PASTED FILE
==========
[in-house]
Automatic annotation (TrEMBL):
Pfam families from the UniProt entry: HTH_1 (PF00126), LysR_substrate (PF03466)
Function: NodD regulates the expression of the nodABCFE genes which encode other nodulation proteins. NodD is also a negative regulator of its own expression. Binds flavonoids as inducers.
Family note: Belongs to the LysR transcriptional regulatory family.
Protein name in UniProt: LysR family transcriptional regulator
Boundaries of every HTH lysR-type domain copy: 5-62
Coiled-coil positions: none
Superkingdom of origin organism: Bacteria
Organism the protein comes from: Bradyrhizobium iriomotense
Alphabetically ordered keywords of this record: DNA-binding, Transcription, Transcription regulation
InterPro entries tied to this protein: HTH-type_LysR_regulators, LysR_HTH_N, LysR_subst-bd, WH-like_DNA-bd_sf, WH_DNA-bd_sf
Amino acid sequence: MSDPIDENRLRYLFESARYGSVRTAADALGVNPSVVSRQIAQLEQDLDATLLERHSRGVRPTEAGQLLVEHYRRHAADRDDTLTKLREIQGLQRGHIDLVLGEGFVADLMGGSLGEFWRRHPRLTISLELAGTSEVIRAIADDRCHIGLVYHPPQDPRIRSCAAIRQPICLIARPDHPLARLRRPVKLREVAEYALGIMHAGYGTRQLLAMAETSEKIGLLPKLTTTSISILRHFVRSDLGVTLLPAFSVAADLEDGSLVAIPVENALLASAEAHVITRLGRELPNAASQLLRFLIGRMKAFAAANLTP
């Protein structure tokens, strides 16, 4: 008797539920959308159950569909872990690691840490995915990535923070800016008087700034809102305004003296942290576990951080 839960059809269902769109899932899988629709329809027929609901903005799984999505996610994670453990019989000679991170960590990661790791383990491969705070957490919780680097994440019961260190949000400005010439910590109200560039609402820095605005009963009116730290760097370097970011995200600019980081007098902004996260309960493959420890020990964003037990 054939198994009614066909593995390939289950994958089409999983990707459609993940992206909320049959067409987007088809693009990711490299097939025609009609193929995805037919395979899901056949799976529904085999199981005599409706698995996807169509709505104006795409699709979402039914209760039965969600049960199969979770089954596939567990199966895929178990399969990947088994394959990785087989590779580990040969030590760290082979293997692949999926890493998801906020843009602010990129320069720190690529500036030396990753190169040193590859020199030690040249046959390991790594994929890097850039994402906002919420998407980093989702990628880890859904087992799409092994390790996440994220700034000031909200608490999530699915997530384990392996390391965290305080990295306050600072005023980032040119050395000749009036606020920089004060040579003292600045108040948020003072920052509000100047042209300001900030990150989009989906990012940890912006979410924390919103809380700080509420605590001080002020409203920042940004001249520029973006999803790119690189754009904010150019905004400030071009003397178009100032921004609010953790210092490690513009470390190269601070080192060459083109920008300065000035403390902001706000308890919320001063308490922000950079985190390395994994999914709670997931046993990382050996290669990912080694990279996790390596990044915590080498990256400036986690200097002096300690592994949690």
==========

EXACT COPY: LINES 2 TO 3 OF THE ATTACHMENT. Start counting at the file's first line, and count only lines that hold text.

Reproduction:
Automatic annotation (TrEMBL):
Pfam families from the UniProt entry: HTH_1 (PF00126), LysR_substrate (PF03466)